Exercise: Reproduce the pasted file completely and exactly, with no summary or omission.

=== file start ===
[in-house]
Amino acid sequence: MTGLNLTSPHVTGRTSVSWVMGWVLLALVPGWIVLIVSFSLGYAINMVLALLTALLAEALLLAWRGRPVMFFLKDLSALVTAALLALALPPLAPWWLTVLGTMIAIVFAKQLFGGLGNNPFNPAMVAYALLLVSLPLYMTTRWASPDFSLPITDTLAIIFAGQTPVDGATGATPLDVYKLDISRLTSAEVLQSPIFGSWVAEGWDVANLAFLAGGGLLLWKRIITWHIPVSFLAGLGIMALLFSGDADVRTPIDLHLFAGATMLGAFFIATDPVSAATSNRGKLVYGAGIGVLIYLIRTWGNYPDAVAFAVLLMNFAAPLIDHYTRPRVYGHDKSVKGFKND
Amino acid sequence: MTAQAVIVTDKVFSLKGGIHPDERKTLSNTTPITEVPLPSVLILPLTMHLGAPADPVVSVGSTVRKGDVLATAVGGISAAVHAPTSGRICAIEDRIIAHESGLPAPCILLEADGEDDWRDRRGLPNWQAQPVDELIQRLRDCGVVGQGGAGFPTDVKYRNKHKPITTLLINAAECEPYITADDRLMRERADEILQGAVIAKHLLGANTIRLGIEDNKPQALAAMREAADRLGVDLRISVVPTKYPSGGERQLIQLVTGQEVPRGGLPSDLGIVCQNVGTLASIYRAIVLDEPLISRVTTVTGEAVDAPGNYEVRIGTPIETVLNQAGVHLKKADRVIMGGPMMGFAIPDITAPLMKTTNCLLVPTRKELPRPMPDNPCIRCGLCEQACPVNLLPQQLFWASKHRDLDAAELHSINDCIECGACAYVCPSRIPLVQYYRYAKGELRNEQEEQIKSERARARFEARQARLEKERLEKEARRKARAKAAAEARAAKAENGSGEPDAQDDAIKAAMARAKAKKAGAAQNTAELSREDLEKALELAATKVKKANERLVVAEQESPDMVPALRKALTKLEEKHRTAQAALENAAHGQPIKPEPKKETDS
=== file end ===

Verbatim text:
[in-house]
Amino acid sequence: MTGLNLTSPHVTGRTSVSWVMGWVLLALVPGWIVLIVSFSLGYAINMVLALLTALLAEALLLAWRGRPVMFFLKDLSALVTAALLALALPPLAPWWLTVLGTMIAIVFAKQLFGGLGNNPFNPAMVAYALLLVSLPLYMTTRWASPDFSLPITDTLAIIFAGQTPVDGATGATPLDVYKLDISRLTSAEVLQSPIFGSWVAEGWDVANLAFLAGGGLLLWKRIITWHIPVSFLAGLGIMALLFSGDADVRTPIDLHLFAGATMLGAFFIATDPVSAATSNRGKLVYGAGIGVLIYLIRTWGNYPDAVAFAVLLMNFAAPLIDHYTRPRVYGHDKSVKGFKND
Amino acid sequence: MTAQAVIVTDKVFSLKGGIHPDERKTLSNTTPITEVPLPSVLILPLTMHLGAPADPVVSVGSTVRKGDVLATAVGGISAAVHAPTSGRICAIEDRIIAHESGLPAPCILLEADGEDDWRDRRGLPNWQAQPVDELIQRLRDCGVVGQGGAGFPTDVKYRNKHKPITTLLINAAECEPYITADDRLMRERADEILQGAVIAKHLLGANTIRLGIEDNKPQALAAMREAADRLGVDLRISVVPTKYPSGGERQLIQLVTGQEVPRGGLPSDLGIVCQNVGTLASIYRAIVLDEPLISRVTTVTGEAVDAPGNYEVRIGTPIETVLNQAGVHLKKADRVIMGGPMMGFAIPDITAPLMKTTNCLLVPTRKELPRPMPDNPCIRCGLCEQACPVNLLPQQLFWASKHRDLDAAELHSINDCIECGACAYVCPSRIPLVQYYRYAKGELRNEQEEQIKSERARARFEARQARLEKERLEKEARRKARAKAAAEARAAKAENGSGEPDAQDDAIKAAMARAKAKKAGAAQNTAELSREDLEKALELAATKVKKANERLVVAEQESPDMVPALRKALTKLEEKHRTAQAALENAAHGQPIKPEPKKETDS